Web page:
The Crown Weighs Heavy on the One Who Rules
It goes without saying that Glenn Danzig will forever be remembered as punk rock royalty. This fact has been on display multiple times in recent years, from the Riot Fest reunion with The Misfits to the first announcement of Black Laden Crown, the fervor surrounding him has been unparalleled. Though his solo work is more contemporary in nature, his recognizable wails are ever reminiscent of a time when he was cutting his teeth. The difference between then and now is that those teeth are now fully sharpened and ready to tear into the ears of today’s audiences with an eleventh studio album, a testament to the fact that he is eternally cemented into punk and hard rock culture.
Black Laden Crown opens with a track bearing the same name and can best be described as a procession into darkness. Centered around Danzig’s ever-present vocals, it sets the tone for the rest of the album. The opening sequence features a slow but catchy guitar riff supported by a pounding bass drum and hi-hat cymbal that give an impression of permanence and consistency even before the first vocal notes commence. At about four-and-a-half minutes in, the tempo picks up significantly, leading to an energetic climax. This energy carries over into the second track of the album, “Eyes Ripping Fire,” which seems to borrow from proto-thrash influences for its instrumental arrangement, with Danzig’s voice once again being the constant around which it all revolves.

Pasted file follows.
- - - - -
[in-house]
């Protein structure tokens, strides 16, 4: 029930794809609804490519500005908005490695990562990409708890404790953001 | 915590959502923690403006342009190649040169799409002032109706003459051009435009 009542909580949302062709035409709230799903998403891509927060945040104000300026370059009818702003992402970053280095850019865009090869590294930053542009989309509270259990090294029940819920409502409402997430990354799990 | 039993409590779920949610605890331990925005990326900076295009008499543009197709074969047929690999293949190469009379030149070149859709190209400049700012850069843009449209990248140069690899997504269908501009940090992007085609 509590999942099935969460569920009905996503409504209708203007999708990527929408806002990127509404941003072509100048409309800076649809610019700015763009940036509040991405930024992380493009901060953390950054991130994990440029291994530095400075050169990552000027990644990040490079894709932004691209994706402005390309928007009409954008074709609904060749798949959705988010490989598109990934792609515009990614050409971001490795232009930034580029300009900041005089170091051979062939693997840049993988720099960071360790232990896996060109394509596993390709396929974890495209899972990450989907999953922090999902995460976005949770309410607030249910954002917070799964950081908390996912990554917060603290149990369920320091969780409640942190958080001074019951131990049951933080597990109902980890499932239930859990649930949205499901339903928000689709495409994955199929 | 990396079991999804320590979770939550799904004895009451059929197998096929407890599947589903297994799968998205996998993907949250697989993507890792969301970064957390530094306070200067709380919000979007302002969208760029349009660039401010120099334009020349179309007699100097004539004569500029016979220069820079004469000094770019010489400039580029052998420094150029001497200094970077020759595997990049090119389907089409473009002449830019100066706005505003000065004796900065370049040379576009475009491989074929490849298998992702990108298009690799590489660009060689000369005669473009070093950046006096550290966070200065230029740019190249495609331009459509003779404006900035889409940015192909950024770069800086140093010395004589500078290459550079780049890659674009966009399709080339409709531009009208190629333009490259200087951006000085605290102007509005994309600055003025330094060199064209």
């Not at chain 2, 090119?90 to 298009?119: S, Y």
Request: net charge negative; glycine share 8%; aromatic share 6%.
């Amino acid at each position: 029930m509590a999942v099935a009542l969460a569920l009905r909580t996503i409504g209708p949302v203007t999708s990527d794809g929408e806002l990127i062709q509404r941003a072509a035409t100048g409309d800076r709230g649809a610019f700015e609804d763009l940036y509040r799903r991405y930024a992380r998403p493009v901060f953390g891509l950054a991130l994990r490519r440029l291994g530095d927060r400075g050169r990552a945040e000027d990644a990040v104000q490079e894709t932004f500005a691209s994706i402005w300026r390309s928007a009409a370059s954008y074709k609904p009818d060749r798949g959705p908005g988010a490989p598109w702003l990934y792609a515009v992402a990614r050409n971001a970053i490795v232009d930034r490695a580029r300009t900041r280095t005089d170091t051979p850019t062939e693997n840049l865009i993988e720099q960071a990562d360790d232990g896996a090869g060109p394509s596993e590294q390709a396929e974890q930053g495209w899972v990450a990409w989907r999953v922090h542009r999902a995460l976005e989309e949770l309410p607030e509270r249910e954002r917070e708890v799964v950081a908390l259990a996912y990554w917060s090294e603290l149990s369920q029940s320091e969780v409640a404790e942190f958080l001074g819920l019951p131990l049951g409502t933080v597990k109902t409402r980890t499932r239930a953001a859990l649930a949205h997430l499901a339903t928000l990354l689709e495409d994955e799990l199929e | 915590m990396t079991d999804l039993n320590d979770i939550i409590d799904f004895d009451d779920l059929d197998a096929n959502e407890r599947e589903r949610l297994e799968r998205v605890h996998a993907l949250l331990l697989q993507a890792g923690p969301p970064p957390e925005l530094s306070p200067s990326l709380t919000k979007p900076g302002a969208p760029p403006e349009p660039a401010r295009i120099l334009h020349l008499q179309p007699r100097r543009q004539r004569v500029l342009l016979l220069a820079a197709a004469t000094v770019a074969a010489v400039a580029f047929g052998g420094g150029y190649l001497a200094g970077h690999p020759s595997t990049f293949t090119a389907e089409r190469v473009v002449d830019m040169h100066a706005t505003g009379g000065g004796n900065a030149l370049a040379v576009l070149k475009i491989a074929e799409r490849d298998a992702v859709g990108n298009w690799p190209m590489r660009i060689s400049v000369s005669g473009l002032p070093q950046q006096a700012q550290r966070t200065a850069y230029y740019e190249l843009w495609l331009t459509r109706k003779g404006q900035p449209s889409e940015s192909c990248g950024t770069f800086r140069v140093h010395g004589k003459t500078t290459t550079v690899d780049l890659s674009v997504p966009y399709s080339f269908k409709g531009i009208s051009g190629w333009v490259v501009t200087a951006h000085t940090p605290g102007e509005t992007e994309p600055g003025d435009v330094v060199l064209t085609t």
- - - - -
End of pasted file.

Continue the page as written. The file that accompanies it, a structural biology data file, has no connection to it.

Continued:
The thrash aura is present through a large part of the album, making appearances on tracks such as the “Devil on Hwy 9,” “But A Nightmare,” “Blackness Falls” and “Pull the Sun” and providing an extra dosage of vigor to counter the slower arrangements.
When all is said and done, Black Laden Crown is sure to be regarded as a classic. The album is eerily reminiscent of the self-titled phase of Danzig’s career, but with a more generous dose of aggression. The only disappointment to be found within this album is the fact that it ends so soon, which may be intentional. Its nine tracks will leave the listener hungry for more, which surely will mean more album plays, online streams and airtime in the upcoming months.